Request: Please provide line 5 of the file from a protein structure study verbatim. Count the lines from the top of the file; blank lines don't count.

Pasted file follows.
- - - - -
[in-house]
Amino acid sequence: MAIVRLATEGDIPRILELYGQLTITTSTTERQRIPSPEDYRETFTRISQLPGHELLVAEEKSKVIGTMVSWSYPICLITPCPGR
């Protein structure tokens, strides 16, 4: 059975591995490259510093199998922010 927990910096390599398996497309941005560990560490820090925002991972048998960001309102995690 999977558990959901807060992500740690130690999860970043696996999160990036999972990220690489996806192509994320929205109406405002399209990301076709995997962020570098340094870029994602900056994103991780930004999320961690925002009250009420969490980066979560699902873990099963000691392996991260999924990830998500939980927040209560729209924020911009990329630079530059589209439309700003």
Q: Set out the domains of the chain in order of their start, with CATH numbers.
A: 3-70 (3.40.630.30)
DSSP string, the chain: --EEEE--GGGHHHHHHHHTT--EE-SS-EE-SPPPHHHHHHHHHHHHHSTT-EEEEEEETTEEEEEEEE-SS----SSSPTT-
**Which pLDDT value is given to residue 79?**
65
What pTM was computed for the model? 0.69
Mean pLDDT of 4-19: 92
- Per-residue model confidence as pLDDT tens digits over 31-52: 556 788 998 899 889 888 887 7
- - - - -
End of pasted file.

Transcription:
A: 3-70 (3.40.630.30)